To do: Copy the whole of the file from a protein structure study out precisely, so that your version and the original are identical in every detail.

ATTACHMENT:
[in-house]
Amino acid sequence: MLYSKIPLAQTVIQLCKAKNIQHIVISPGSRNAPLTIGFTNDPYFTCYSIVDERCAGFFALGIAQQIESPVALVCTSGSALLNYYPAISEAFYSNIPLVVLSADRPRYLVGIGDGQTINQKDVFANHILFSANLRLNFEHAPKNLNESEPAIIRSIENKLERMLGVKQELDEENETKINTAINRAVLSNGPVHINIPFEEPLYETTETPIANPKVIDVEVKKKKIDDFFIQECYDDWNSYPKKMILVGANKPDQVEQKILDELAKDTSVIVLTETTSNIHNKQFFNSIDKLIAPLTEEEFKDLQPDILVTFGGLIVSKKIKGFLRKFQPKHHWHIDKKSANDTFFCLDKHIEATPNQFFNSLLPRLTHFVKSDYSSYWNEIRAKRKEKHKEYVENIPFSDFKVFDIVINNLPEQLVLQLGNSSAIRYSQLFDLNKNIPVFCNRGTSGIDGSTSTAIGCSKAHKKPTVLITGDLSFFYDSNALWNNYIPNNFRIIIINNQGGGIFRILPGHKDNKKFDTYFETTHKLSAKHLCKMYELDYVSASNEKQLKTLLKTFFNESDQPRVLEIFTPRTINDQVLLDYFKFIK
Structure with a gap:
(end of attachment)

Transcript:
[in-house]
Amino acid sequence: MLYSKIPLAQTVIQLCKAKNIQHIVISPGSRNAPLTIGFTNDPYFTCYSIVDERCAGFFALGIAQQIESPVALVCTSGSALLNYYPAISEAFYSNIPLVVLSADRPRYLVGIGDGQTINQKDVFANHILFSANLRLNFEHAPKNLNESEPAIIRSIENKLERMLGVKQELDEENETKINTAINRAVLSNGPVHINIPFEEPLYETTETPIANPKVIDVEVKKKKIDDFFIQECYDDWNSYPKKMILVGANKPDQVEQKILDELAKDTSVIVLTETTSNIHNKQFFNSIDKLIAPLTEEEFKDLQPDILVTFGGLIVSKKIKGFLRKFQPKHHWHIDKKSANDTFFCLDKHIEATPNQFFNSLLPRLTHFVKSDYSSYWNEIRAKRKEKHKEYVENIPFSDFKVFDIVINNLPEQLVLQLGNSSAIRYSQLFDLNKNIPVFCNRGTSGIDGSTSTAIGCSKAHKKPTVLITGDLSFFYDSNALWNNYIPNNFRIIIINNQGGGIFRILPGHKDNKKFDTYFETTHKLSAKHLCKMYELDYVSASNEKQLKTLLKTFFNESDQPRVLEIFTPRTINDQVLLDYFKFIK
Structure with a gap: